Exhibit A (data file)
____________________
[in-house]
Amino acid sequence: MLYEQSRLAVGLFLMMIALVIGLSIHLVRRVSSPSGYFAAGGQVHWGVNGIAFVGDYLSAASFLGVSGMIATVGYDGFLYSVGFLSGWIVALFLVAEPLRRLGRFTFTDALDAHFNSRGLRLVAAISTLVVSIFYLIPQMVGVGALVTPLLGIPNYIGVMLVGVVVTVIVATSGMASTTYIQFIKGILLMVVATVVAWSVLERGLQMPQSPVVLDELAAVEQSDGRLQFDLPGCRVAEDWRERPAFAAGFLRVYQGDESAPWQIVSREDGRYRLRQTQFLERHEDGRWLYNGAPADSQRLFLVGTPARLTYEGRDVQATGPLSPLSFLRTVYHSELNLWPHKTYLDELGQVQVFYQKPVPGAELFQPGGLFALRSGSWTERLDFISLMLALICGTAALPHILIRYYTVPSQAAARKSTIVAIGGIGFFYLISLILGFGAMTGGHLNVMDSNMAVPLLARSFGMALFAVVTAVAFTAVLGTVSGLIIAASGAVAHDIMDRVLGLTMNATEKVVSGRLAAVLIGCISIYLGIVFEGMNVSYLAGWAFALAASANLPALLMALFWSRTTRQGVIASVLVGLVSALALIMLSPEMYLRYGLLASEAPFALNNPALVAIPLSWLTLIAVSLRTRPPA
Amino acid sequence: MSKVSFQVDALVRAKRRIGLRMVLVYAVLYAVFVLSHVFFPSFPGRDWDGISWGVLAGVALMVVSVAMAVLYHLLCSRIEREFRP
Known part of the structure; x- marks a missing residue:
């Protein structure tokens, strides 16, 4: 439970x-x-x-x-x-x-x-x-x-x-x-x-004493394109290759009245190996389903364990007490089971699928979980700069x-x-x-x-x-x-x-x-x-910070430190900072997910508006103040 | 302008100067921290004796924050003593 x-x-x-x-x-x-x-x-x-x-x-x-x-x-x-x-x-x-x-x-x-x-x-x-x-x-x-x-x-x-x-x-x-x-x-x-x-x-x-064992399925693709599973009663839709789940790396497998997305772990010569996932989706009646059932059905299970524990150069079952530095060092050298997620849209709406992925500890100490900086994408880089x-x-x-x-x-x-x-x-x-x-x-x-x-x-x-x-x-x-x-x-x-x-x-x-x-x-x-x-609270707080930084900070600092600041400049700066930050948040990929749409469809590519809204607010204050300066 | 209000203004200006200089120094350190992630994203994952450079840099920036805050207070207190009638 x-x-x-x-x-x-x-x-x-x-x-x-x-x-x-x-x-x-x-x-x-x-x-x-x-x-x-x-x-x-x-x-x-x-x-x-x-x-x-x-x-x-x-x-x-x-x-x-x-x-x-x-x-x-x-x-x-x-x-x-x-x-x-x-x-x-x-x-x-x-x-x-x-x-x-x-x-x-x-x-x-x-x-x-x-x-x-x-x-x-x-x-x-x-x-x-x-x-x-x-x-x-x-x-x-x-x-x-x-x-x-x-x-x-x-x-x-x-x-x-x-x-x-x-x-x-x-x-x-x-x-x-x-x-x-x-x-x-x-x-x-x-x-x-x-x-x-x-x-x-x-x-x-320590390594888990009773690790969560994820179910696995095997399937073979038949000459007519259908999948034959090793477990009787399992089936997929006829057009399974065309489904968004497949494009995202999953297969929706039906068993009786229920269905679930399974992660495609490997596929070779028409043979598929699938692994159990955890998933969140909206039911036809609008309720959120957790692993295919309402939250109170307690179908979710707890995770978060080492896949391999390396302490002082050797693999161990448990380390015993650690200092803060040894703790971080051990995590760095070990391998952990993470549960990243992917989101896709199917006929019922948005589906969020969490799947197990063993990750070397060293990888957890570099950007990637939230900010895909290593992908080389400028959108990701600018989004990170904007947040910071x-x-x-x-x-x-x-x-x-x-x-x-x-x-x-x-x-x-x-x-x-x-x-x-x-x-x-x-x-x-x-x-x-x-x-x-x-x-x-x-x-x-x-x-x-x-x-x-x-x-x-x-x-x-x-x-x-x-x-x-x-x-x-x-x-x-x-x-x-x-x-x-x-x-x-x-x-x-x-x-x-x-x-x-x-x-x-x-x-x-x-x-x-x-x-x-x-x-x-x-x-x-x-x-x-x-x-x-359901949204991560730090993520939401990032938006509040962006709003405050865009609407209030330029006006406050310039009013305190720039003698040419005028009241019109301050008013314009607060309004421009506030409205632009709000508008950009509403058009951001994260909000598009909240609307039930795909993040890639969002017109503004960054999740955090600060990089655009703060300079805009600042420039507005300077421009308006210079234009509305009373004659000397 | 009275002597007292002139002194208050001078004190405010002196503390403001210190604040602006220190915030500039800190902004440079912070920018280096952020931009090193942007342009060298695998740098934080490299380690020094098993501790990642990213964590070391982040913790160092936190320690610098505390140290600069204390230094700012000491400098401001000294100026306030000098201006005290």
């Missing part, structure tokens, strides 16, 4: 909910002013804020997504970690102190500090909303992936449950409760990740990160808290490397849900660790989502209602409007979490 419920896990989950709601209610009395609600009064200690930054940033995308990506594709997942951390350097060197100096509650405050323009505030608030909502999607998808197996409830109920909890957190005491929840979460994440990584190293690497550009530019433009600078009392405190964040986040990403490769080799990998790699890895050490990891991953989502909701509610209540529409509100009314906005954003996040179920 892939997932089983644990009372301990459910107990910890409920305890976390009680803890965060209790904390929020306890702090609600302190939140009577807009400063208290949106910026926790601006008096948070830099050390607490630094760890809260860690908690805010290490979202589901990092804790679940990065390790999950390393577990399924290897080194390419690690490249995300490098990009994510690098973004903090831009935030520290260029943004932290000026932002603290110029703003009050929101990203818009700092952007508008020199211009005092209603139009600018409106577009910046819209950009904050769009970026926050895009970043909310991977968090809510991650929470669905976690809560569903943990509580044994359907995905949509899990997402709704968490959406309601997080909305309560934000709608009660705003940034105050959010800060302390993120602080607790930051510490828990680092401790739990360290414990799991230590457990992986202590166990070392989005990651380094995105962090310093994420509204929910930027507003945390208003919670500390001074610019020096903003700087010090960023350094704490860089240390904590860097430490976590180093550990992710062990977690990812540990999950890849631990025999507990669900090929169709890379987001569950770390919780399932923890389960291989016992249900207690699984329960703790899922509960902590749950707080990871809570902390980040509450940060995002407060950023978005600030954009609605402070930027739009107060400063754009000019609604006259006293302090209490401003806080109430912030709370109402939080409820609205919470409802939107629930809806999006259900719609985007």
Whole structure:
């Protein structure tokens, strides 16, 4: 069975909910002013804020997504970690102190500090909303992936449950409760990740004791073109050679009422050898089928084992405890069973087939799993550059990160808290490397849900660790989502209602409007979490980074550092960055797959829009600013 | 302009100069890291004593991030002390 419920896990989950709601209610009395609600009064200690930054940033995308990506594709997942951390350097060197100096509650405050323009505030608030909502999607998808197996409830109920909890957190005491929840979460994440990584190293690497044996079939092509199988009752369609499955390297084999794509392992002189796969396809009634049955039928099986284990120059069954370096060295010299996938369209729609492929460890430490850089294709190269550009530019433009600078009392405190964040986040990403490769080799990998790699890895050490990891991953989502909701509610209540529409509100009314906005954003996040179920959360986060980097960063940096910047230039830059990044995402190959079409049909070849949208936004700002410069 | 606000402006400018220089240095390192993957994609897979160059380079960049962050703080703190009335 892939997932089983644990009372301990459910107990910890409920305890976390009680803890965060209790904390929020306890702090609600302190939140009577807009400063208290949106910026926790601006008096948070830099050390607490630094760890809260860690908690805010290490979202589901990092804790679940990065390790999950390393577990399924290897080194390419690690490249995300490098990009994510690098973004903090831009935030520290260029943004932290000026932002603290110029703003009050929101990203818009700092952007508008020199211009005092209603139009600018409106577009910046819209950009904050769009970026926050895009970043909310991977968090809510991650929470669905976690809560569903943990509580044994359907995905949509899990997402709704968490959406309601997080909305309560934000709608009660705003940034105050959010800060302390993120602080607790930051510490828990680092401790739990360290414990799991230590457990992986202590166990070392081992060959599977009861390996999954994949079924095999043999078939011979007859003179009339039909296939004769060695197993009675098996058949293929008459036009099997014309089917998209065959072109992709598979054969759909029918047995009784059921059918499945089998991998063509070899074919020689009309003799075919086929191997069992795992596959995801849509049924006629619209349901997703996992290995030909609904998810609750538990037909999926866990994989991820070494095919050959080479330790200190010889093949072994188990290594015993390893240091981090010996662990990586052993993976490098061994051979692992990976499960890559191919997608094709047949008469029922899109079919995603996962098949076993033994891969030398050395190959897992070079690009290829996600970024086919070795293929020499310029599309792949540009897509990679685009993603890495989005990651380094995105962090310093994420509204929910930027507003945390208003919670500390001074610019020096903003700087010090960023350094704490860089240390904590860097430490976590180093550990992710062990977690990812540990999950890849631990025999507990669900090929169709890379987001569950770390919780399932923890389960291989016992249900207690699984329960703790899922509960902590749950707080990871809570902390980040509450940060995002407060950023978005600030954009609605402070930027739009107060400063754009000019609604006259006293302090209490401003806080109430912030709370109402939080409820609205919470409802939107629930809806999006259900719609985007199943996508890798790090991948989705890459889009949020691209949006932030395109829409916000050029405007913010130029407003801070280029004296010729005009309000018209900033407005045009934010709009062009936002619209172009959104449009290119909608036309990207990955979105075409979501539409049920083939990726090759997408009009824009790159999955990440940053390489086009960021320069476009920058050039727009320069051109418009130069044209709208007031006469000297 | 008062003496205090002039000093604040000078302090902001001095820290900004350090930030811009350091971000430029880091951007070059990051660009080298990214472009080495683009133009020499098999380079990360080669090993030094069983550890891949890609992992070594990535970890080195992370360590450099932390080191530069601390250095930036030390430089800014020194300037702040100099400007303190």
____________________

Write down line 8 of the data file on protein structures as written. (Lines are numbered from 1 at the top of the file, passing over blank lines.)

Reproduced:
């Protein structure tokens, strides 16, 4: 069975909910002013804020997504970690102190500090909303992936449950409760990740004791073109050679009422050898089928084992405890069973087939799993550059990160808290490397849900660790989502209602409007979490980074550092960055797959829009600013 | 302009100069890291004593991030002390 419920896990989950709601209610009395609600009064200690930054940033995308990506594709997942951390350097060197100096509650405050323009505030608030909502999607998808197996409830109920909890957190005491929840979460994440990584190293690497044996079939092509199988009752369609499955390297084999794509392992002189796969396809009634049955039928099986284990120059069954370096060295010299996938369209729609492929460890430490850089294709190269550009530019433009600078009392405190964040986040990403490769080799990998790699890895050490990891991953989502909701509610209540529409509100009314906005954003996040179920959360986060980097960063940096910047230039830059990044995402190959079409049909070849949208936004700002410069 | 606000402006400018220089240095390192993957994609897979160059380079960049962050703080703190009335 892939997932089983644990009372301990459910107990910890409920305890976390009680803890965060209790904390929020306890702090609600302190939140009577807009400063208290949106910026926790601006008096948070830099050390607490630094760890809260860690908690805010290490979202589901990092804790679940990065390790999950390393577990399924290897080194390419690690490249995300490098990009994510690098973004903090831009935030520290260029943004932290000026932002603290110029703003009050929101990203818009700092952007508008020199211009005092209603139009600018409106577009910046819209950009904050769009970026926050895009970043909310991977968090809510991650929470669905976690809560569903943990509580044994359907995905949509899990997402709704968490959406309601997080909305309560934000709608009660705003940034105050959010800060302390993120602080607790930051510490828990680092401790739990360290414990799991230590457990992986202590166990070392081992060959599977009861390996999954994949079924095999043999078939011979007859003179009339039909296939004769060695197993009675098996058949293929008459036009099997014309089917998209065959072109992709598979054969759909029918047995009784059921059918499945089998991998063509070899074919020689009309003799075919086929191997069992795992596959995801849509049924006629619209349901997703996992290995030909609904998810609750538990037909999926866990994989991820070494095919050959080479330790200190010889093949072994188990290594015993390893240091981090010996662990990586052993993976490098061994051979692992990976499960890559191919997608094709047949008469029922899109079919995603996962098949076993033994891969030398050395190959897992070079690009290829996600970024086919070795293929020499310029599309792949540009897509990679685009993603890495989005990651380094995105962090310093994420509204929910930027507003945390208003919670500390001074610019020096903003700087010090960023350094704490860089240390904590860097430490976590180093550990992710062990977690990812540990999950890849631990025999507990669900090929169709890379987001569950770390919780399932923890389960291989016992249900207690699984329960703790899922509960902590749950707080990871809570902390980040509450940060995002407060950023978005600030954009609605402070930027739009107060400063754009000019609604006259006293302090209490401003806080109430912030709370109402939080409820609205919470409802939107629930809806999006259900719609985007199943996508890798790090991948989705890459889009949020691209949006932030395109829409916000050029405007913010130029407003801070280029004296010729005009309000018209900033407005045009934010709009062009936002619209172009959104449009290119909608036309990207990955979105075409979501539409049920083939990726090759997408009009824009790159999955990440940053390489086009960021320069476009920058050039727009320069051109418009130069044209709208007031006469000297 | 008062003496205090002039000093604040000078302090902001001095820290900004350090930030811009350091971000430029880091951007070059990051660009080298990214472009080495683009133009020499098999380079990360080669090993030094069983550890891949890609992992070594990535970890080195992370360590450099932390080191530069601390250095930036030390430089800014020194300037702040100099400007303190």